spp are a group of significant, highly prevalent, Gram-negative, rod-shaped bacteria of the family Enterobacteriaceae. This bacteria are facultative intracellular pathogens which has many different serotypes, which can be divided into two main groups—typhoidal and nontyphoidal. It is only the nontyphoidal serotype which are zoonotic---meaning they can be transferred from humans to animals and from animals to humans. This bacteria is found naturally is the gastrointestinal tract of carrier animals and humans, especially reptiles. Collectively, infection with any Salmonella
species causes Salmonellosis
Many birds infected with Salmonella
are asymptomatic (meaning they do not have any clinical signs of illness). Others may develop an acute, rapidly fatal septicemia, or chronic localized infection.
Younger birds are more susceptible then adults, largely due to the immaturity of their intestinal flora. Chicks from mail-order hatcheries are frequent carriers of Salmonella
spp. In fact, the proportion of mail-order hatchling boxes which tested positive for Salmonella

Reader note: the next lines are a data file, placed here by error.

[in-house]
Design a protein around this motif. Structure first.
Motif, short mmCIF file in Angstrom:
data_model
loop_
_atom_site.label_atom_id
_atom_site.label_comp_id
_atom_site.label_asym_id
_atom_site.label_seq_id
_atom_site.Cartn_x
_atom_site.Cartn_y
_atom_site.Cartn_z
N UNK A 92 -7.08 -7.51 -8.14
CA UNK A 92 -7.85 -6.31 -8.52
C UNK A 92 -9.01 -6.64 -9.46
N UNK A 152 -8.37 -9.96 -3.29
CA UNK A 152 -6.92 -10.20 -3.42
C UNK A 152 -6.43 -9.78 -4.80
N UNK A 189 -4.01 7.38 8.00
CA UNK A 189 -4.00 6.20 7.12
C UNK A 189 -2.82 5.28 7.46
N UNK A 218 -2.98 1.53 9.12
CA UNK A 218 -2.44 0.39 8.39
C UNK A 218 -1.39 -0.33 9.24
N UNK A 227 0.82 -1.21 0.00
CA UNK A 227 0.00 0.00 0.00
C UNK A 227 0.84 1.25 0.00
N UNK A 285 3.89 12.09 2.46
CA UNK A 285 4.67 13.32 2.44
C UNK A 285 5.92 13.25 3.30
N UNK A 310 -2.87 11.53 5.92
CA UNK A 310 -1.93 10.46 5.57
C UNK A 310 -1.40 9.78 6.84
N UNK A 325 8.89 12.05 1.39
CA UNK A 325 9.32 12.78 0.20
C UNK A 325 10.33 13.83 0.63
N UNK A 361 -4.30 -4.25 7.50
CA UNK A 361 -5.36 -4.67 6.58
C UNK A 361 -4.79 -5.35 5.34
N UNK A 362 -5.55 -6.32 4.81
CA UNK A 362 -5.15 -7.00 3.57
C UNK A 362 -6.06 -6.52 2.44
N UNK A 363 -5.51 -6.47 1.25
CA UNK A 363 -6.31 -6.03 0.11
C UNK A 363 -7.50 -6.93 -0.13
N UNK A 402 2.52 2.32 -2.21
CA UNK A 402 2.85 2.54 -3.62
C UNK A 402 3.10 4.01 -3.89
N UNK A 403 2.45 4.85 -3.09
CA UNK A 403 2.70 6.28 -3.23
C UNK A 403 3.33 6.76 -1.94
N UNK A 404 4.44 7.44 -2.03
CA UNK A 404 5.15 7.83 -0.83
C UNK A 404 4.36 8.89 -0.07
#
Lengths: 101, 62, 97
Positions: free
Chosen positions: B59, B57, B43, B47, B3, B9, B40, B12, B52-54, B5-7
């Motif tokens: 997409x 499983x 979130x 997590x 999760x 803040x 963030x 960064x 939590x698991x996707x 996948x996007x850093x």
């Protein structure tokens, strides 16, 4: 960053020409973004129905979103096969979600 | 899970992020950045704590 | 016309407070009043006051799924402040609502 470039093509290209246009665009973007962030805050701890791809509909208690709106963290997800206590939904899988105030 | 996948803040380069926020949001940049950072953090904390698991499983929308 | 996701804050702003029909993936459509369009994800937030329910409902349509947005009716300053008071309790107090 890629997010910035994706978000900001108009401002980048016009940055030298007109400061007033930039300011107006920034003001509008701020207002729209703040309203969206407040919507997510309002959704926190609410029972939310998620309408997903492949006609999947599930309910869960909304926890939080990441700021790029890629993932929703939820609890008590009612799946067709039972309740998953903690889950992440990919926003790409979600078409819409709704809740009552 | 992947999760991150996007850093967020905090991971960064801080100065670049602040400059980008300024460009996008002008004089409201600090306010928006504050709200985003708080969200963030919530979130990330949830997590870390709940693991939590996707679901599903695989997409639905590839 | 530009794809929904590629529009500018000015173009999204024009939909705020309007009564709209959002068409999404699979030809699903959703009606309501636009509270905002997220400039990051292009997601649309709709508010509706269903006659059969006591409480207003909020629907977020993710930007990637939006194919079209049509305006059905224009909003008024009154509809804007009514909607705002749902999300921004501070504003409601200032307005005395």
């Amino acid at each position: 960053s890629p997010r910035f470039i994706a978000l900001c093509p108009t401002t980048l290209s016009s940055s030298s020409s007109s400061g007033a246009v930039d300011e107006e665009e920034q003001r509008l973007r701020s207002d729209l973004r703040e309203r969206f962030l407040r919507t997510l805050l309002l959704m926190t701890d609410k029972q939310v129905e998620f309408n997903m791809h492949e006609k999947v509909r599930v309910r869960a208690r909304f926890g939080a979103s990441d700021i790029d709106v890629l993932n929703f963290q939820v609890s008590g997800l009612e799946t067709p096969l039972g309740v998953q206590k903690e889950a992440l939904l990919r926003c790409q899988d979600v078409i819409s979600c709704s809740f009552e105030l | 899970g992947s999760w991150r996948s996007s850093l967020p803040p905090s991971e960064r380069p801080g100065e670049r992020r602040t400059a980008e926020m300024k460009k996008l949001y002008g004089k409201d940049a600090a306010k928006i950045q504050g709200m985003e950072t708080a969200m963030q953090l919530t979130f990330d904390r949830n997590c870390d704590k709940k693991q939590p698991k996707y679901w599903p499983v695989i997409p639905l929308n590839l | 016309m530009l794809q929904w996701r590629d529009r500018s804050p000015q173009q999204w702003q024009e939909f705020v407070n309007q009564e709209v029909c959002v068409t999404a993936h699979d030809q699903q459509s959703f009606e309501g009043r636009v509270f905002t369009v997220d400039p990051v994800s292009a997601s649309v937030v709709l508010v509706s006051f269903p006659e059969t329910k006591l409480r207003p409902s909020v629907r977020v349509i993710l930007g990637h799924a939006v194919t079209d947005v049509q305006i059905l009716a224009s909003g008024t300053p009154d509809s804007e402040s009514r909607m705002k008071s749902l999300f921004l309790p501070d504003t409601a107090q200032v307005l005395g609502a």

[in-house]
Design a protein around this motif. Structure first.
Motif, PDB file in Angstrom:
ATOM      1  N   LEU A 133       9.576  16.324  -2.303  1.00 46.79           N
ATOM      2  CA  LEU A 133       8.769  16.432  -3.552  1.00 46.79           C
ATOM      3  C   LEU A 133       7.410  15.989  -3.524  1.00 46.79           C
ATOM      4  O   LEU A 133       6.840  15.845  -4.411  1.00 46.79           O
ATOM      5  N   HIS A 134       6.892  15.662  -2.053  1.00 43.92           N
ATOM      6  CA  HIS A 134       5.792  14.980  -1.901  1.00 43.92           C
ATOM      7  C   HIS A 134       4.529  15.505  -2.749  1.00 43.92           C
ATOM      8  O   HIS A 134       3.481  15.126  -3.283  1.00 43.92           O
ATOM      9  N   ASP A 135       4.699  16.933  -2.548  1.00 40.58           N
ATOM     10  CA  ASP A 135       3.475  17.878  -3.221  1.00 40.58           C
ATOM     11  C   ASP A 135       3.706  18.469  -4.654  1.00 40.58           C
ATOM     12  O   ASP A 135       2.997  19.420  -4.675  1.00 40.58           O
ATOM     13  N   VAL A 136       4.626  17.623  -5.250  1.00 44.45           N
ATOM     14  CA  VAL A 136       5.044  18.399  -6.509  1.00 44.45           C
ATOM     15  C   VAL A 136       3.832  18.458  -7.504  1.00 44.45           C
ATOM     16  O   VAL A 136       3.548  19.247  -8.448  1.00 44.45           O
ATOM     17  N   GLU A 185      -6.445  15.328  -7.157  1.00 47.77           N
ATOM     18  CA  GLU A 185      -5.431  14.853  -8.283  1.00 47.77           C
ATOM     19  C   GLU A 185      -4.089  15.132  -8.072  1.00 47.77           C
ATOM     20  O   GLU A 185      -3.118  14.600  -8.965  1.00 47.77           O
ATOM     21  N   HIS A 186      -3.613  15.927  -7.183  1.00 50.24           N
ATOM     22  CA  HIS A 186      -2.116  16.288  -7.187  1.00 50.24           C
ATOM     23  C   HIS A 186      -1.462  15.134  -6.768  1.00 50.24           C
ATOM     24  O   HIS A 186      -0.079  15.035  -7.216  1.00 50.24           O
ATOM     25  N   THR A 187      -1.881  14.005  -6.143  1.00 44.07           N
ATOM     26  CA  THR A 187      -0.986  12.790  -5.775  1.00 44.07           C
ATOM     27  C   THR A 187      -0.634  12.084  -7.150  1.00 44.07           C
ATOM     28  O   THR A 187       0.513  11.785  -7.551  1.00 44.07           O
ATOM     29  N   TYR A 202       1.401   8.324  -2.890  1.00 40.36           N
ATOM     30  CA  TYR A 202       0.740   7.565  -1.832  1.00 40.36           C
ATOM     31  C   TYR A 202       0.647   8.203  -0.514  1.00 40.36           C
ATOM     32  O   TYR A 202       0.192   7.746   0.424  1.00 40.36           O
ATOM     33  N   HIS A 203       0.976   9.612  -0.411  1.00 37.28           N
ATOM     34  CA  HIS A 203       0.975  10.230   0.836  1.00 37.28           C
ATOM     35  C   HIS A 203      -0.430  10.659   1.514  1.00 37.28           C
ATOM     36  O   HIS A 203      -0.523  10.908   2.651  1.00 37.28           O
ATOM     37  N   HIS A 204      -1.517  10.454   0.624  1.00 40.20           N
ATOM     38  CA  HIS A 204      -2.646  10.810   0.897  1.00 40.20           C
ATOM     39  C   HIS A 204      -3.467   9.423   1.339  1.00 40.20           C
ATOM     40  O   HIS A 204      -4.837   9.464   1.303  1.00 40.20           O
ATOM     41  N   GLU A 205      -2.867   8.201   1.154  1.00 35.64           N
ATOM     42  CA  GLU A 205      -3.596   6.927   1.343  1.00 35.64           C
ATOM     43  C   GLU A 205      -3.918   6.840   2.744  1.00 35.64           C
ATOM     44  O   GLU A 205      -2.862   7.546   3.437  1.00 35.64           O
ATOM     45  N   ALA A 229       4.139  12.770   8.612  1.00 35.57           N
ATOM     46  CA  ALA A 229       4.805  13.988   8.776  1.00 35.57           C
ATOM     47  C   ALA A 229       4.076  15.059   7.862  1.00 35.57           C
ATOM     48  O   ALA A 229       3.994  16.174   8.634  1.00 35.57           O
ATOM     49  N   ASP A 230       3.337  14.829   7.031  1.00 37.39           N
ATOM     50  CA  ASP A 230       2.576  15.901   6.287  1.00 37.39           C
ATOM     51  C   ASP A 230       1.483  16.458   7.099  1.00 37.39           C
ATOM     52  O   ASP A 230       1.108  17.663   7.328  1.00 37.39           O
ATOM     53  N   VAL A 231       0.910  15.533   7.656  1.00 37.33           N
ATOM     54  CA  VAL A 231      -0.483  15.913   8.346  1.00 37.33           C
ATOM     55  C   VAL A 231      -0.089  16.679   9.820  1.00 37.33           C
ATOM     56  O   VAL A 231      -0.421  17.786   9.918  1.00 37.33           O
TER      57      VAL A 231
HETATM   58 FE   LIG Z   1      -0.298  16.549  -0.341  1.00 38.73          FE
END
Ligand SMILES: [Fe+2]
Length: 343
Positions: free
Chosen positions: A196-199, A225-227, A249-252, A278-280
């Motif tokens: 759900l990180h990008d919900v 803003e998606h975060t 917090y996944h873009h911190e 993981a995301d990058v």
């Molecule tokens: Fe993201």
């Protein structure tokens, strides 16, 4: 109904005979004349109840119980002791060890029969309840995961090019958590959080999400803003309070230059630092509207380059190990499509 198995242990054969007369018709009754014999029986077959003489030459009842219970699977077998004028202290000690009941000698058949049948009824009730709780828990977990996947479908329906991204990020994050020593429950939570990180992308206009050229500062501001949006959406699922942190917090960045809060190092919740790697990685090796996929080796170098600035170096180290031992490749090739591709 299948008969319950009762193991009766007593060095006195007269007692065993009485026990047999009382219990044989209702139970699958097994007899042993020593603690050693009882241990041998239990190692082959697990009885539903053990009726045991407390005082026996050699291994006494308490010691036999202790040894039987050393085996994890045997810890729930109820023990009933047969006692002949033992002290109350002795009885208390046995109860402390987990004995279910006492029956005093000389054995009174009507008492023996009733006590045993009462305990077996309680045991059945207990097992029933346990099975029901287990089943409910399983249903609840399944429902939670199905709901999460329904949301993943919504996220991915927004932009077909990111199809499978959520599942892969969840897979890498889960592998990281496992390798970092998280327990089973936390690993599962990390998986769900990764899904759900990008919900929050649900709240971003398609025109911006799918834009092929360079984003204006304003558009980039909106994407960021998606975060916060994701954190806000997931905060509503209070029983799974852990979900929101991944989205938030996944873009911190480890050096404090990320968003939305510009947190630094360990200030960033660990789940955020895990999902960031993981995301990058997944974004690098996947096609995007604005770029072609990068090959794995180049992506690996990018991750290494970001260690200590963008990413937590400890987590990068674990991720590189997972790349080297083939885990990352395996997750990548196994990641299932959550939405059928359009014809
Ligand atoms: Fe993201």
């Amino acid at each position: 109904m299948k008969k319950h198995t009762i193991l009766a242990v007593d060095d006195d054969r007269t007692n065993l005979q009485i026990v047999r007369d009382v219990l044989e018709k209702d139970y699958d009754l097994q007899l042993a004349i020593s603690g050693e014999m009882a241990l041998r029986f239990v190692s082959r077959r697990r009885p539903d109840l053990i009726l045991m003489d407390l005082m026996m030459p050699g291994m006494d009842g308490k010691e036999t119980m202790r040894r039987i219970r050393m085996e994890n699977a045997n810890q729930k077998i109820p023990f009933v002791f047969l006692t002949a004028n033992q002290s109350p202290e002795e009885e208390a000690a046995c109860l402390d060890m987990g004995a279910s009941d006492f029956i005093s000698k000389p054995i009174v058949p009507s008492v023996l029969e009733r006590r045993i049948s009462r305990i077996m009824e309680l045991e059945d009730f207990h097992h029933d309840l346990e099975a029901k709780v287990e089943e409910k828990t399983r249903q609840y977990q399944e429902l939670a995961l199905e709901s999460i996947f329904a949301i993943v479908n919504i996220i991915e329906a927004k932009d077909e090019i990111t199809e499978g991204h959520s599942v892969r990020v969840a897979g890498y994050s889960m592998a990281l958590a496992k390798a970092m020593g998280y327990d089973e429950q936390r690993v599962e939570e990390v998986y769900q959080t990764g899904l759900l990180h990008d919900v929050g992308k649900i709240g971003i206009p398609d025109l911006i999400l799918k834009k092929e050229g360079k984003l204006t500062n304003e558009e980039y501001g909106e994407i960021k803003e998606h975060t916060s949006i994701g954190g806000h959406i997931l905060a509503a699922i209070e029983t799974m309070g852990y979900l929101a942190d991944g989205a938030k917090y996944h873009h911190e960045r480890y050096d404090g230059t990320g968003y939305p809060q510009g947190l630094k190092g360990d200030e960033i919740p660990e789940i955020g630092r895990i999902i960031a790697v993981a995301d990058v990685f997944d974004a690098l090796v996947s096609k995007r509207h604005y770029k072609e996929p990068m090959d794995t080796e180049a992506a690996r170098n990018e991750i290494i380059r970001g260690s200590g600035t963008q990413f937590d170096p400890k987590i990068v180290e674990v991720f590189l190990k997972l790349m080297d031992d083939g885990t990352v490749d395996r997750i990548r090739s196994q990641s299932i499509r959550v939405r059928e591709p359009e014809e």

was higher in 2015 (27%) compared to 2014 (17%).
The reason why older birds are less commonly infected with Salmonella
spp is because they have developed a normal intestinal flora from their environment, which protects them against invasion with this bacteria, either by competing for intestinal carrier sites or by producing antagonistic factors that inhibit their growth.
Salmonella survival in the environment
are able to remain infectious in the environment for several weeks. Salmonella
bacteria are not destroyed by freezing. Heat and exposure to UV light can help accelerate their destruction.
How Salmonella is transferred
Most birds become infected through exposure to feces from birds carrying this bacteria. It is also found commonly in environments such as slaughter houses (abattoirs), septic tanks, sewage effulents, etc.